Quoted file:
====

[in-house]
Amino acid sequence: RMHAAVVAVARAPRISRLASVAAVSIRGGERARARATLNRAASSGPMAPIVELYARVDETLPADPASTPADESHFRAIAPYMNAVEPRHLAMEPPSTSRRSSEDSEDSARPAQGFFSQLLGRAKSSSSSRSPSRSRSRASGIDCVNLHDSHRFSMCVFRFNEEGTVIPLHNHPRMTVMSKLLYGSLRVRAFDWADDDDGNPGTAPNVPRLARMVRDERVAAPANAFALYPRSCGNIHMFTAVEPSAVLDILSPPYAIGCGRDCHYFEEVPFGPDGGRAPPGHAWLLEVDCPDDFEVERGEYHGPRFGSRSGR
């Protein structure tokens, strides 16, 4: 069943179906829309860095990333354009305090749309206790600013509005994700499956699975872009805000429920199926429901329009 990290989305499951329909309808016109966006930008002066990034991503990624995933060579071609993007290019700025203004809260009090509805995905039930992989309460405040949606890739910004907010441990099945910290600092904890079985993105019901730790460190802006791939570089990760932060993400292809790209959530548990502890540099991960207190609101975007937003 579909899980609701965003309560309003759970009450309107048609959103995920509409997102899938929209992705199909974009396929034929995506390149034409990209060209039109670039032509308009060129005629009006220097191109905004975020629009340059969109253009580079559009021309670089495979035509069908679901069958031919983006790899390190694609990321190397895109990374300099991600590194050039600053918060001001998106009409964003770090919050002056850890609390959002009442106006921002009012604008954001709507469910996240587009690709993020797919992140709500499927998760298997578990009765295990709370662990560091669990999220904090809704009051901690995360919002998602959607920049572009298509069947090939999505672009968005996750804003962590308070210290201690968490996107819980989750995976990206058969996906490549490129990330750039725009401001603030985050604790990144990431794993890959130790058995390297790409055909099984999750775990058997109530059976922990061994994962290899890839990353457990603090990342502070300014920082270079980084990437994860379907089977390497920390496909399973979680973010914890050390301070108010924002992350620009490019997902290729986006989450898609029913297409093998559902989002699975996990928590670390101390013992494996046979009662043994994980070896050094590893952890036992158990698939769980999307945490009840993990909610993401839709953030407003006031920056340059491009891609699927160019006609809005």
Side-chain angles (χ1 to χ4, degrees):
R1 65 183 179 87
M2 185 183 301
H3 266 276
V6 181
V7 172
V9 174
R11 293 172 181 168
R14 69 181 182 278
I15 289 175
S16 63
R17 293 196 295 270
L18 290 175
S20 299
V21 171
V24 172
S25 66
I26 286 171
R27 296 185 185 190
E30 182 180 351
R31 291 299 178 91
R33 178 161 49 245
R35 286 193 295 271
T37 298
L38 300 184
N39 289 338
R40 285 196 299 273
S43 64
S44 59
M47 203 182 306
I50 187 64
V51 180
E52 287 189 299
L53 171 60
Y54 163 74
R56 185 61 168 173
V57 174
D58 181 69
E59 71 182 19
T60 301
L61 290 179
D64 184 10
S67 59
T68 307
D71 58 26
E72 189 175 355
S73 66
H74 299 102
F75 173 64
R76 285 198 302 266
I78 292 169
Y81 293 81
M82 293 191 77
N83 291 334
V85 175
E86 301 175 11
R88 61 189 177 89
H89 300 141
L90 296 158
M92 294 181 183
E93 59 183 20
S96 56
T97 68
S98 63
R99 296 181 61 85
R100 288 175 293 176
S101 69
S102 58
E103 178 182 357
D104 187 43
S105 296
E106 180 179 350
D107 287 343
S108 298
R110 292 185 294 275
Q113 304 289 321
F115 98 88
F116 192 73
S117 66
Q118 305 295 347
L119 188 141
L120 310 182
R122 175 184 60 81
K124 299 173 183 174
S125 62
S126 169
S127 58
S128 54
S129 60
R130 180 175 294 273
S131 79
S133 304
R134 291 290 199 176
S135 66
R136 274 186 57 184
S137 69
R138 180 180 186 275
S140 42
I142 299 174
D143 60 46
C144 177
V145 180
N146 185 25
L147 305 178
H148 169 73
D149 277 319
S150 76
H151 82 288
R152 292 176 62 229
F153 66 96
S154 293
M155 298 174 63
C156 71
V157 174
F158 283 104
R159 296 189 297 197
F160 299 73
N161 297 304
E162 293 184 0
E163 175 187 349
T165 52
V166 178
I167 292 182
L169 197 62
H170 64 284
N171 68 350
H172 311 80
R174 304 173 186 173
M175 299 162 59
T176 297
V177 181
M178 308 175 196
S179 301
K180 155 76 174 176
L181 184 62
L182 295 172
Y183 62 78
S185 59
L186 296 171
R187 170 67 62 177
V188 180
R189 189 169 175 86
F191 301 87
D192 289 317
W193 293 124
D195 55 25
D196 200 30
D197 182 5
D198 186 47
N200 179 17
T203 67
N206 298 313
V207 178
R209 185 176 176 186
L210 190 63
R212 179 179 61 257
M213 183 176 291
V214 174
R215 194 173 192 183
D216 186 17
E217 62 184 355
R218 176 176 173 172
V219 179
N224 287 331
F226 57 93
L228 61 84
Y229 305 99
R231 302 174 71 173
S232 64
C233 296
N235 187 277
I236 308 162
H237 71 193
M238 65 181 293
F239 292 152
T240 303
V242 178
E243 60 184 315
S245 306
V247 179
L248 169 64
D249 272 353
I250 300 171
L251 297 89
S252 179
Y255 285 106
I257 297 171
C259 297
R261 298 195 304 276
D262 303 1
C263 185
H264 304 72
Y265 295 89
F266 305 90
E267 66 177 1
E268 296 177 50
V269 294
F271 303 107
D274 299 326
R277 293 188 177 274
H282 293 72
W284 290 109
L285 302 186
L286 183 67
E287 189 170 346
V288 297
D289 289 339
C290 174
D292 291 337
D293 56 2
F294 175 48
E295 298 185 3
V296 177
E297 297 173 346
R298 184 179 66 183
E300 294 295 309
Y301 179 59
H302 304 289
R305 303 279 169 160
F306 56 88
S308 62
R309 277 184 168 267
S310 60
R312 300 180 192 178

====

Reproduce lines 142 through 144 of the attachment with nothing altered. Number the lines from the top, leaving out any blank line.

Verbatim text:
L186 296 171
R187 170 67 62 177
V188 180